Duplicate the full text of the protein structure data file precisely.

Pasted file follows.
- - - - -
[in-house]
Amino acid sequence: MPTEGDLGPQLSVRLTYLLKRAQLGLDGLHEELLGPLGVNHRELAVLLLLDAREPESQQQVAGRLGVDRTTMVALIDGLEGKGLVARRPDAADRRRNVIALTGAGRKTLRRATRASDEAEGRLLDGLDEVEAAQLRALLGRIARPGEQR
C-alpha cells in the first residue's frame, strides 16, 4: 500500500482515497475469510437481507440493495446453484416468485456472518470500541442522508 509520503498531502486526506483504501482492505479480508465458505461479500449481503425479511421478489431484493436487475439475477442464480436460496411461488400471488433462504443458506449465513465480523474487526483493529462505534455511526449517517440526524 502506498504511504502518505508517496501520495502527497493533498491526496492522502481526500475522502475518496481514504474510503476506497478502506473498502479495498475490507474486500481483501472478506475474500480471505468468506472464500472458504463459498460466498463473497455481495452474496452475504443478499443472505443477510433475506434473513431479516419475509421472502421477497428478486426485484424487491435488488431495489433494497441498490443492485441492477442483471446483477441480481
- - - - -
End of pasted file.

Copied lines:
[in-house]
Amino acid sequence: MPTEGDLGPQLSVRLTYLLKRAQLGLDGLHEELLGPLGVNHRELAVLLLLDAREPESQQQVAGRLGVDRTTMVALIDGLEGKGLVARRPDAADRRRNVIALTGAGRKTLRRATRASDEAEGRLLDGLDEVEAAQLRALLGRIARPGEQR
C-alpha cells in the first residue's frame, strides 16, 4: 500500500482515497475469510437481507440493495446453484416468485456472518470500541442522508 509520503498531502486526506483504501482492505479480508465458505461479500449481503425479511421478489431484493436487475439475477442464480436460496411461488400471488433462504443458506449465513465480523474487526483493529462505534455511526449517517440526524 502506498504511504502518505508517496501520495502527497493533498491526496492522502481526500475522502475518496481514504474510503476506497478502506473498502479495498475490507474486500481483501472478506475474500480471505468468506472464500472458504463459498460466498463473497455481495452474496452475504443478499443472505443477510433475506434473513431479516419475509421472502421477497428478486426485484424487491435488488431495489433494497441498490443492485441492477442483471446483477441480481